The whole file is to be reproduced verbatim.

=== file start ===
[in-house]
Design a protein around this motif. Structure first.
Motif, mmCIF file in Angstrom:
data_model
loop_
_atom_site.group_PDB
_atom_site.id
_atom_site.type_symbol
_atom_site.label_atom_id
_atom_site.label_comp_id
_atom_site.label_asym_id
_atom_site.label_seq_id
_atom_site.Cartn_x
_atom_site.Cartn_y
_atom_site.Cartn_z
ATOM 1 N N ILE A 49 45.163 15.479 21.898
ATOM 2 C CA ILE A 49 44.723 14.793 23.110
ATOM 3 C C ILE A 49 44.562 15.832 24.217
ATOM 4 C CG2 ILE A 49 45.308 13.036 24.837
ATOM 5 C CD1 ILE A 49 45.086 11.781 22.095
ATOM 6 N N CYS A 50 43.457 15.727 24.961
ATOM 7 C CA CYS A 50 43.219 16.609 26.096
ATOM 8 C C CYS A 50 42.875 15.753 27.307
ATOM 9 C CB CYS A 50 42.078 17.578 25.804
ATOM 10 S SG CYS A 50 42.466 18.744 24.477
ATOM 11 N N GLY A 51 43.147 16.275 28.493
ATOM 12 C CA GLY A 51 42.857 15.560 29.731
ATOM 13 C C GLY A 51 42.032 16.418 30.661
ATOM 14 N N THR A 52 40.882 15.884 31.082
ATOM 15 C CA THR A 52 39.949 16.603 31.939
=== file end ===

[in-house]
Design a protein around this motif. Structure first.
Motif, mmCIF file in Angstrom:
data_model
loop_
_atom_site.group_PDB
_atom_site.id
_atom_site.type_symbol
_atom_site.label_atom_id
_atom_site.label_comp_id
_atom_site.label_asym_id
_atom_site.label_seq_id
_atom_site.Cartn_x
_atom_site.Cartn_y
_atom_site.Cartn_z
ATOM 1 N N ILE A 49 45.163 15.479 21.898
ATOM 2 C CA ILE A 49 44.723 14.793 23.110
ATOM 3 C C ILE A 49 44.562 15.832 24.217
ATOM 4 C CG2 ILE A 49 45.308 13.036 24.837
ATOM 5 C CD1 ILE A 49 45.086 11.781 22.095
ATOM 6 N N CYS A 50 43.457 15.727 24.961
ATOM 7 C CA CYS A 50 43.219 16.609 26.096
ATOM 8 C C CYS A 50 42.875 15.753 27.307
ATOM 9 C CB CYS A 50 42.078 17.578 25.804
ATOM 10 S SG CYS A 50 42.466 18.744 24.477
ATOM 11 N N GLY A 51 43.147 16.275 28.493
ATOM 12 C CA GLY A 51 42.857 15.560 29.731
ATOM 13 C C GLY A 51 42.032 16.418 30.661
ATOM 14 N N THR A 52 40.882 15.884 31.082
ATOM 15 C CA THR A 52 39.949 16.603 31.939